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Inelastic Markets Hypothesis

November 13, 2020 • Posted in Big Ideas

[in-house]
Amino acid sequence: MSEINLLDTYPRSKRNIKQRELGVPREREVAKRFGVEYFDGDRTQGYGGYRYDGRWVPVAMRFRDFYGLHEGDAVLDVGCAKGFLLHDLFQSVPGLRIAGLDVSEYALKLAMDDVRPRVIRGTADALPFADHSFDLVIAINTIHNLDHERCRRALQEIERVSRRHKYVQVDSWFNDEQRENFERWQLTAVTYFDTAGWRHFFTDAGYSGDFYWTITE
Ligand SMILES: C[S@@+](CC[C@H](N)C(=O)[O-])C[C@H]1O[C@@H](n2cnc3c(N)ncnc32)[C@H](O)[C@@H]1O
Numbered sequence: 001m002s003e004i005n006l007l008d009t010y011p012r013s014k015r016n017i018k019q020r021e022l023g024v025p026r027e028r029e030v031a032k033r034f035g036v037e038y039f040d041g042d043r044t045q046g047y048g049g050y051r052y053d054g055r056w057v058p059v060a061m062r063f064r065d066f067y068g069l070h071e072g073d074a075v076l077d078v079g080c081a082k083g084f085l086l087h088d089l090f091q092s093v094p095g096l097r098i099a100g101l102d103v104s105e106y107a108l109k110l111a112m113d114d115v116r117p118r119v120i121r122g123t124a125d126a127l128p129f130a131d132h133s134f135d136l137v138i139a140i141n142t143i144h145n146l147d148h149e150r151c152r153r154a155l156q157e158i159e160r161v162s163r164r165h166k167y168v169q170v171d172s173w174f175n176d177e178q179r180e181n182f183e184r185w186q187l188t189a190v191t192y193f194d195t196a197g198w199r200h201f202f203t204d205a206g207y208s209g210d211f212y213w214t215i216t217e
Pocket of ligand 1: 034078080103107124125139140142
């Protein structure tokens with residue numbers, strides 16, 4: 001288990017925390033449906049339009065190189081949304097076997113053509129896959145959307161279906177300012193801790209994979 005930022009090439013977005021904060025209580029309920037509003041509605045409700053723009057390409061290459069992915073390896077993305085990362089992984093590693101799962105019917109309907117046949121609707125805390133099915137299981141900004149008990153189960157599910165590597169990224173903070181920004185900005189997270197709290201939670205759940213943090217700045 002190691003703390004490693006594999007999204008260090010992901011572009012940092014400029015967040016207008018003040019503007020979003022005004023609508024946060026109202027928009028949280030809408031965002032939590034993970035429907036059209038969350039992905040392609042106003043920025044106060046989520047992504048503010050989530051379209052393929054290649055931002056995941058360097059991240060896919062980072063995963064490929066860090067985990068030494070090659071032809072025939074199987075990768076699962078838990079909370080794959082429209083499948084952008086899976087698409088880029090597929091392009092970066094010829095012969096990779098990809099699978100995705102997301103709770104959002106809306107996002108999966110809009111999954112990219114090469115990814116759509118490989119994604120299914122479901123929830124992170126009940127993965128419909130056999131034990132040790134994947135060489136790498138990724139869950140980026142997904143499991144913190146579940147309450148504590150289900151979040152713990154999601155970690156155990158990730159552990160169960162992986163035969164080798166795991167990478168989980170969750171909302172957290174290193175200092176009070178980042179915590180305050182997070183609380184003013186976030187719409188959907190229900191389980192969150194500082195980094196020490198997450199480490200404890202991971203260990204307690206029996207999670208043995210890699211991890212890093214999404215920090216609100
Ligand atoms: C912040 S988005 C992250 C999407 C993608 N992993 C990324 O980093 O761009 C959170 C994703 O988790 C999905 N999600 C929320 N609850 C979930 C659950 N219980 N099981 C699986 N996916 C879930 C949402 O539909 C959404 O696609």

Is aggregate U.S. stock market value sensitive to flows of new funds (inelastic)? In their October 2020 paper entitled “In Search of the Origins of Financial Fluctuations: The Inelastic Markets Hypothesis”, Xavier Gabaix and Ralph Koijen analyze aggregate stock market fluctuations in relation to flows of money into and out of stocks by different investor categories. They key on difficulties in satisfying demand for stocks/cash when money enters/exits the market. For example, institutions have reasonably rigid equity allocations, many individuals exhibit strong buy-and-hold inertia and hedge funds are not large enough to accommodate large inflows. In other words, households and their institutional proxies require considerable incentive to deviate from established equity allocations. As a result, relative modest flows have large impacts on prices (are inelastic). They further analyze how key tenets of macro-finance change if, in contrast to conventional belief, markets are inelastic. Using data on money flows to/from U.S. stocks across different investor categories as available during 1993 through 2018, and contemporaneous U.S. stock market level, they find that:


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